Our research team will seek a deeper understanding of how congregations and other faith communities are effectively engaging young adults. Our hope is to learn from those who have developed effective practices, systems, and communities in order to share what they have learned with other faith communities who are seeking to improve their ministry with young adults.
Before we begin to define effective engagement and describe our methodology, it is important to highlight our team’s commitment to interdisciplinary studies. The life of faith cannot only be studied theologically, nor can the dynamics of a faith community or congregation. Christianity confesses belief in an incarnational God. Jesus is God’s word become flesh. God’s word lives and moves among us, in this physical world. Lutheranism confesses a belief in the Deus Absconditus or the “hidden God”. This is the belief in a God whose revelation is not obvious but hidden. It is the belief that God reveals Godself to humanity in, with, and under the physical realities of life. This nature of God’s revelation demands that our inquiry be interdisciplinary. God is to be found in the stuff of this world – nature, human community, struggles, etc. – and therefore the other disciplines shed light on the substances and phenomena in which God is present. Second, because God is hidden in these phenomena and substances, our inquiry must be theological otherwise our interpretation of the thing will be incomplete, from a theological standpoint. Therefore, in order to fully understand how communities are effectively engaging young adults in a life of faith, our inquiry must be interdisciplinary – theological and scientific (for lack of a better term right now).
We have allowed our commitment to interdisciplinary inquiry influence not only our interpretation of the data we will gather, but also our definition of important variables on the front end. Some Christian faith communities might consider effectiveness to mean large numbers of participants, large numbers of conversions, or assimilation to a particular lifestyle condoned by the specific faith community. Our team’s understanding of effectiveness is shaped by the following commitments, which grow from our own discipline-specific theories as well as the teaching and learning culture at Augsburg University.
Our intent is not to eliminate faith communities who hold a different definition of effectiveness, but to offer other explanations for why what they are doing with young adults seems to be working and in what capacity is it (or is not) effective. A system will always behave the way the system is designed to behave, but that does not always mean the system’s effectiveness is optimal or healthy.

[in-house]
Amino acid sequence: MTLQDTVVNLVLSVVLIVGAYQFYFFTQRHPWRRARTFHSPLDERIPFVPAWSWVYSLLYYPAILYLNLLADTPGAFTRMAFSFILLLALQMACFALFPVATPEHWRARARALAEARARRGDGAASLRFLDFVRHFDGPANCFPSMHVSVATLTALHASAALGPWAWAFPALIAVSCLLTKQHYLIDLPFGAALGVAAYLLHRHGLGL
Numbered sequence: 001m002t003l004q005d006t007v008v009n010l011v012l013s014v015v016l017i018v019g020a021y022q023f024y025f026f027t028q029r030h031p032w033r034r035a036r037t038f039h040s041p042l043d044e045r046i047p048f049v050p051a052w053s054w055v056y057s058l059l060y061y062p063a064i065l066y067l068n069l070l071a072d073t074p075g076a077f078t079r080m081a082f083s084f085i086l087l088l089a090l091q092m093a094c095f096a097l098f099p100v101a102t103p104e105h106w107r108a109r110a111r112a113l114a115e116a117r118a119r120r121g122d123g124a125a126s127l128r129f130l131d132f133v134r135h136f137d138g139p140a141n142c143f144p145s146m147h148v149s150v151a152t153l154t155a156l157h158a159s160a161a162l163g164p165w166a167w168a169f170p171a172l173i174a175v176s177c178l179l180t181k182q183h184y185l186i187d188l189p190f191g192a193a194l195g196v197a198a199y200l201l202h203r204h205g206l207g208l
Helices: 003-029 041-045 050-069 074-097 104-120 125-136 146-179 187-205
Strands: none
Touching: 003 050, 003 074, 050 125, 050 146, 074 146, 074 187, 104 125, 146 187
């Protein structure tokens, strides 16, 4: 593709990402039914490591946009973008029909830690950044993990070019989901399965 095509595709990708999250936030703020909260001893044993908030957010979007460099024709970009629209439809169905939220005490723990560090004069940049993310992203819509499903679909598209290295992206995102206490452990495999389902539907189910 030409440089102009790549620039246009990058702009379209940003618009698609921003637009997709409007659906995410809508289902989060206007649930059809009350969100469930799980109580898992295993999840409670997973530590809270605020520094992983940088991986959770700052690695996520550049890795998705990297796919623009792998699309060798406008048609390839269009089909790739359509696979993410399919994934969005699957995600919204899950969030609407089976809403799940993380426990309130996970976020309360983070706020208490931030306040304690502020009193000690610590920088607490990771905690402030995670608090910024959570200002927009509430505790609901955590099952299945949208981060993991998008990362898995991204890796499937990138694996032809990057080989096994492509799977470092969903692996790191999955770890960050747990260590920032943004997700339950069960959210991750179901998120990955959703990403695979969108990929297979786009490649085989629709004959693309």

Therefore, effective ministry with young adults will . . .
- Reflect an ethos, or spirit, of effectiveness indigenous to the community.
- Take place at the intersections of faith and the arts, faith and political activism, faith and environmental stewardship, and interfaith engagement as well as other places where faith is wrapped up in active, public lives.
- Listen deeply to their life stories in order to hear and understand the “bad news” in their lives so that “good news” might be proclaimed in word and deed. It will provide a promising alternative to a personal theory that is no longer working for them.
- Weave together text and context in a way that results in deeper understanding of both the text and the context.
- Learn from them, equip them, and empower them for active discipleship that is theologically aware and publicly engaged.
- Be developmentally appropriate for those in this age category (i.e., relationships based on values, not activities; right and wrong is easier to determine at this age than in adolescence, questions and answers are more relativistic).
- Have a strengths-based perspective that enhances the strengths that are already present in individuals and the community.
- Produce grassroots interaction rituals, which results in “collective effervescence,” or an intensification of collective awareness, attention, experience, emotion, and energy.
- Clearly communicate these rituals as well as the community’s stories and values along to the participants.
- Will balance the desire to address the needs of the individual while simultaneously addressing the needs of the larger context and the world.
- Will demonstrate a desire and ability to adapt to new members and maintain a cohesion between its inward identity and external identity.
We assume any congregation currently engaged in effective ministry with young adults has already incorporated many of these things, whether they know it or not. Effectiveness is very contextual and we try to leave room for that, but at the same time we hold some commitments which we believe should always be present. Our working definition of effective ministry will continue to grow and change throughout this study.